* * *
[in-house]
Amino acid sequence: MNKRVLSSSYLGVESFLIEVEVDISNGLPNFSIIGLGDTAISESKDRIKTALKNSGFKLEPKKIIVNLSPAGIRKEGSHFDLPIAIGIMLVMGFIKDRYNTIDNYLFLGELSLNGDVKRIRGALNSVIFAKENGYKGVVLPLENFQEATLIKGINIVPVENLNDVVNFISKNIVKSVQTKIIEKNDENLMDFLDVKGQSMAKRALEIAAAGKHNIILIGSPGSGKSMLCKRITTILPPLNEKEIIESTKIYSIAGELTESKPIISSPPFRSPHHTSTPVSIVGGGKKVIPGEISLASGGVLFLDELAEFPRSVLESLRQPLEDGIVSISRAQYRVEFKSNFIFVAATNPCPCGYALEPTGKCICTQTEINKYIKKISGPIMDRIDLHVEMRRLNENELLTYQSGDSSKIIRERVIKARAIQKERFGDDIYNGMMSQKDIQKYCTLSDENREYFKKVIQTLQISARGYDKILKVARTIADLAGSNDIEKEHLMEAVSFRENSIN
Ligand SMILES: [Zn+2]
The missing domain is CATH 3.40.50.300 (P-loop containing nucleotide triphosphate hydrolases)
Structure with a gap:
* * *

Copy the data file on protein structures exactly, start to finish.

[in-house]
Amino acid sequence: MNKRVLSSSYLGVESFLIEVEVDISNGLPNFSIIGLGDTAISESKDRIKTALKNSGFKLEPKKIIVNLSPAGIRKEGSHFDLPIAIGIMLVMGFIKDRYNTIDNYLFLGELSLNGDVKRIRGALNSVIFAKENGYKGVVLPLENFQEATLIKGINIVPVENLNDVVNFISKNIVKSVQTKIIEKNDENLMDFLDVKGQSMAKRALEIAAAGKHNIILIGSPGSGKSMLCKRITTILPPLNEKEIIESTKIYSIAGELTESKPIISSPPFRSPHHTSTPVSIVGGGKKVIPGEISLASGGVLFLDELAEFPRSVLESLRQPLEDGIVSISRAQYRVEFKSNFIFVAATNPCPCGYALEPTGKCICTQTEINKYIKKISGPIMDRIDLHVEMRRLNENELLTYQSGDSSKIIRERVIKARAIQKERFGDDIYNGMMSQKDIQKYCTLSDENREYFKKVIQTLQISARGYDKILKVARTIADLAGSNDIEKEHLMEAVSFRENSIN
Ligand SMILES: [Zn+2]
The missing domain is CATH 3.40.50.300 (P-loop containing nucleotide triphosphate hydrolases)
Structure with a gap: